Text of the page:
By Chris Butler | Tennessee Watchdog
NASHVILLE — The state is using its power against the Tennessee Firearms Association, says the group’s president, John Harris.
A division of Secretary of State Tre Hargett’s office, specifically the Charitable Solicitations Division, is trying to force the TFA to register as a charity. Harris says the TFA, which is 19 years old and has thousands of members, is a political organization that, while offering information on firearms laws, is most certainly not a charity.
It’s payback, the TFA contends. The group helped defeat one prominent politician and almost brought down another.
DEAD AIM: Are Tennessee officials pointing all their ammo at one gun rights organization, over its political activities?
According to the division’s website, the charities branch of the Secretary of State’s office works to protect people from unscrupulous charities.
As a charity, Harris said, the division would have access to the TFA’s donors and other financial activities, access it doesn’t have now.
The division already slapped the TFA with a $5,000 fine for refusing to comply.
“There are politically powerful people in state government that would benefit if they had the IRS power to oversee and monitor what TFA is doing and how we raise our money,” Harris said.
“Now, another point to this strange set of facts. This action by the state came in a legislative year when TFA was particularly aggressive against incumbents.”
Members of the TFA have requested an administrative hearing to contest the charges.
Maggart told Tennessee Watchdog on Monday she knows Hargett, and has for years, but that she was unfamiliar with any of the TFA’s accusations against his office.
She dismissed those accusations with a laugh.
“Good grief,” Maggart said.
“It appears that Mr. Harris believes that he and his organization are the center of the universe. I don’t know what to tell you. I’ve not heard one living soul say anything about any of this.”
Sargent said Monday that he, also, was unfamiliar with the TFA’s accusations.
What does Hargett’s office have to say?
And why are members of the division requiring this now, when the organization has existed since 1995?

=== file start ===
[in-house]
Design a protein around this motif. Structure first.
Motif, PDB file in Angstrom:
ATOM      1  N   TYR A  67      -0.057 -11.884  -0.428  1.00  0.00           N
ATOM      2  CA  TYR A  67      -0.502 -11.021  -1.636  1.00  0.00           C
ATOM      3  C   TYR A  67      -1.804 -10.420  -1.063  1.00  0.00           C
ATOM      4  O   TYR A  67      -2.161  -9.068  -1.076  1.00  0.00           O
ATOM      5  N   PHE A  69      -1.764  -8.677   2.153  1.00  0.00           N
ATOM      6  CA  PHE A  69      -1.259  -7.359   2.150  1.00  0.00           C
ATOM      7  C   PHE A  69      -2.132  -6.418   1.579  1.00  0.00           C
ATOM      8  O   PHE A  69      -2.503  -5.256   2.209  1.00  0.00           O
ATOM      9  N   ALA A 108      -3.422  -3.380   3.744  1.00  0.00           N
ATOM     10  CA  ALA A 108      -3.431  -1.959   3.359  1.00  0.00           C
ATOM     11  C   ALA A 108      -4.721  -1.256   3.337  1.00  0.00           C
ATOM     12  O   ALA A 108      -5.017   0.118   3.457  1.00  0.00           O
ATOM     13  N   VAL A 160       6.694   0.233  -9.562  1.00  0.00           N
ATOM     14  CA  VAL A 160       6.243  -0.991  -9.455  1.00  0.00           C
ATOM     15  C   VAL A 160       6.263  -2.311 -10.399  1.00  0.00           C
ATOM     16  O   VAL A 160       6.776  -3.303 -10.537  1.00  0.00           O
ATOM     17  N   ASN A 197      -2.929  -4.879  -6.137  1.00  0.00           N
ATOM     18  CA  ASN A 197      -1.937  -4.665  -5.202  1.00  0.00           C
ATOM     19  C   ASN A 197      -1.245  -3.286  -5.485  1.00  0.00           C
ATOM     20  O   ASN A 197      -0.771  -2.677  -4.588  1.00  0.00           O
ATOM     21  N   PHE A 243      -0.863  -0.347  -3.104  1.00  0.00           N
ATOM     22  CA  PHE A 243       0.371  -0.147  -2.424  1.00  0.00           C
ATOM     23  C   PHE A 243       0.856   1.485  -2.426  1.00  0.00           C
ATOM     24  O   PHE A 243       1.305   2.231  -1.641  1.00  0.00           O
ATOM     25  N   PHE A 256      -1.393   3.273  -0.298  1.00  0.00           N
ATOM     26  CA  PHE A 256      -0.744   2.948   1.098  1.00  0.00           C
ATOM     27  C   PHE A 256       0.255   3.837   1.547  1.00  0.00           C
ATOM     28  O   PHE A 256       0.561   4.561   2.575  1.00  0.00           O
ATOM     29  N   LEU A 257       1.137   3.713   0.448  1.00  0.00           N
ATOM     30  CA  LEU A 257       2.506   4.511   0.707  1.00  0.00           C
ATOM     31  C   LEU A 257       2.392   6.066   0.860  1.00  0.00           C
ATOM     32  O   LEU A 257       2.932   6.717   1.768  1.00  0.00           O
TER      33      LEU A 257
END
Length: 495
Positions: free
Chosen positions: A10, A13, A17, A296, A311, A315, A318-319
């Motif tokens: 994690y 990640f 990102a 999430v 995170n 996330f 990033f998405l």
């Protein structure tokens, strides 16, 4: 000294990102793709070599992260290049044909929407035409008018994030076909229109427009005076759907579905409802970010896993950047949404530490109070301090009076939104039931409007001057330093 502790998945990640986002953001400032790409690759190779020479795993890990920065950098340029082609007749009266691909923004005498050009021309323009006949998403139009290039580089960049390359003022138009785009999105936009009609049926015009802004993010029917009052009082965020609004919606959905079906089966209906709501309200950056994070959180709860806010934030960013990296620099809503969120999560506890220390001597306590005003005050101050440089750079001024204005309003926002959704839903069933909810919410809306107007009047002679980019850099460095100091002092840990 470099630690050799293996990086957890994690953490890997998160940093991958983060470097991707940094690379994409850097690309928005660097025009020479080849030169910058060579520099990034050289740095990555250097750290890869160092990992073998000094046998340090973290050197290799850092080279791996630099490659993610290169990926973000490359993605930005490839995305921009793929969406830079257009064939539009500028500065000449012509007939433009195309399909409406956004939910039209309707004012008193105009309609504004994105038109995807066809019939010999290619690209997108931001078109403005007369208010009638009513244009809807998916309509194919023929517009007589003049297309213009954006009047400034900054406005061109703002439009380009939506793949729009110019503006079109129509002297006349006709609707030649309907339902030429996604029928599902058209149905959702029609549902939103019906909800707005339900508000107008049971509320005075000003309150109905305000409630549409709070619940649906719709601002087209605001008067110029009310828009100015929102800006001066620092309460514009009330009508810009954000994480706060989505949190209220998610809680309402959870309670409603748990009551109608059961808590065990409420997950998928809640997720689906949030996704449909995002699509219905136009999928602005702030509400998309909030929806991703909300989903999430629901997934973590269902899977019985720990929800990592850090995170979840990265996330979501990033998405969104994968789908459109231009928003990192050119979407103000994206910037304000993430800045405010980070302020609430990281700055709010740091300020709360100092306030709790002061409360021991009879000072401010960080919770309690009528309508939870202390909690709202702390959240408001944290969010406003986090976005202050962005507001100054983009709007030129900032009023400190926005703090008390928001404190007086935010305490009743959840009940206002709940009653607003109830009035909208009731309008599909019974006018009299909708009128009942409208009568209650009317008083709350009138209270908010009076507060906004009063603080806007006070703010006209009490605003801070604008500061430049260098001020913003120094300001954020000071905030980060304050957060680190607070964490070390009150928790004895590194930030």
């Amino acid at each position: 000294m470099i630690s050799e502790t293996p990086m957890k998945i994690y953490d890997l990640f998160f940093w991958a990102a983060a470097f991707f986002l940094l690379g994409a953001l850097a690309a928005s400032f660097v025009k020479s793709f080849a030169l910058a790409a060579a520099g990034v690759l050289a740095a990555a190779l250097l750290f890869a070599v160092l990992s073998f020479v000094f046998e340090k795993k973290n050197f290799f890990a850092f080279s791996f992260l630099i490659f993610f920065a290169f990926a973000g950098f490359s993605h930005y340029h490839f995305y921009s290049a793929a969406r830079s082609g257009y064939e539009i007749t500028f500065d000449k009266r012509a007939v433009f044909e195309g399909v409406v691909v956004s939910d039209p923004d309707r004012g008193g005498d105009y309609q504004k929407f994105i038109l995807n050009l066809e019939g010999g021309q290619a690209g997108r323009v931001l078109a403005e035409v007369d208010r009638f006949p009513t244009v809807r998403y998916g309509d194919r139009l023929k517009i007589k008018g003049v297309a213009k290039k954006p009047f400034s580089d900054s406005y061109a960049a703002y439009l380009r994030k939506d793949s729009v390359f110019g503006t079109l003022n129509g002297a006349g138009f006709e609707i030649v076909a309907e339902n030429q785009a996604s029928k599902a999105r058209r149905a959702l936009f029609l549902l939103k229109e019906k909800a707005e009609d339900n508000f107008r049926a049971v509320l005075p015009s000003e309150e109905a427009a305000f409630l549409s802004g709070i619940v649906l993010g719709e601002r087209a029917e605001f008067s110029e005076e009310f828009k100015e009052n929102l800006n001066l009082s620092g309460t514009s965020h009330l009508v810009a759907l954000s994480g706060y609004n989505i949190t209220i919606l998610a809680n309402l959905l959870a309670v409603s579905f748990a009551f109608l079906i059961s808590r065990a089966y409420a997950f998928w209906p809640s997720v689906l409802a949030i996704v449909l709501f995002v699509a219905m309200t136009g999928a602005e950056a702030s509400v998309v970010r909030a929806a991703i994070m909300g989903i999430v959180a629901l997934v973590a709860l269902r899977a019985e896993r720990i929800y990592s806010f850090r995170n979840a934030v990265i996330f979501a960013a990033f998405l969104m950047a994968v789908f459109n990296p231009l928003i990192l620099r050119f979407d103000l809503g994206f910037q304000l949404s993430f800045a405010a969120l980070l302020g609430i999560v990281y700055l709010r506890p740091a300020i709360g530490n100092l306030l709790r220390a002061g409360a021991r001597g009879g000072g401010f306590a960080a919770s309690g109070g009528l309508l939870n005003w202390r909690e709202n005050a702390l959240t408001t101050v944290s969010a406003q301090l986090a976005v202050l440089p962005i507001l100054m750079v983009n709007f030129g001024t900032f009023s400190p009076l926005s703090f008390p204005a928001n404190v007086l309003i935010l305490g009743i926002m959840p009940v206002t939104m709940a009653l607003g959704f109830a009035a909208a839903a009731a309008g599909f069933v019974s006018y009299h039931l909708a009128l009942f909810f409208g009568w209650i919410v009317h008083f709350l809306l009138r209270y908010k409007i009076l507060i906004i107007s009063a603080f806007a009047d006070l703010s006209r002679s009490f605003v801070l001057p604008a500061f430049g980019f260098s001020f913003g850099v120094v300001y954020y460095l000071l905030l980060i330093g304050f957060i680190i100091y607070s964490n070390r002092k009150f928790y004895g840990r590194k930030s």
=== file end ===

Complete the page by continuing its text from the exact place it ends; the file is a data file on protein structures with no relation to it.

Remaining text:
Secretary of State spokesman Blake Fontenay maintained the TFA meets all the criteria for a charitable organization and denied any political retribution is at play.
Fontenay said the division has treated the TFA no differently than any other charitable organization in Tennessee.
“There are thousands of organizations in Tennessee that are required to register with the division,” Fontenay said in an email.
“When the division becomes aware of unregistered organizations, it notifies them and attempts to assist them with registering. The fact that an organization may not have initially registered on its own accord does not mean that it was not ‘designated’ as a charitable organization.
Fontenay said he could discuss little else, as the TFA’s contested hearing over its $5,000 penalty is pending.
Fontenay did say, however, the division’s power to inspect the TFA’s financial records isn’t as broad as Harris makes out.
“There is nothing specific in the act that would require an organization to disclose donor names and certainly nothing in the registration process would require an organization to disclose its donors,” Fontenay said.
“The division does not monitor how charitable organizations spend every dollar. However, funds should be spent for the purpose for which they are solicited.”
Otherwise, Fontenay said, organizations could open themselves to allegations of soliciting money using unfair, false, misleading or deceptive means.
“We are not aware of a cease-and-desist letter being sent to an organization for inappropriate spending, although it is possible that similar correspondence may have been used as part of an investigation at one time.”
Contact Christopher Butler at firstname.lastname@example.org
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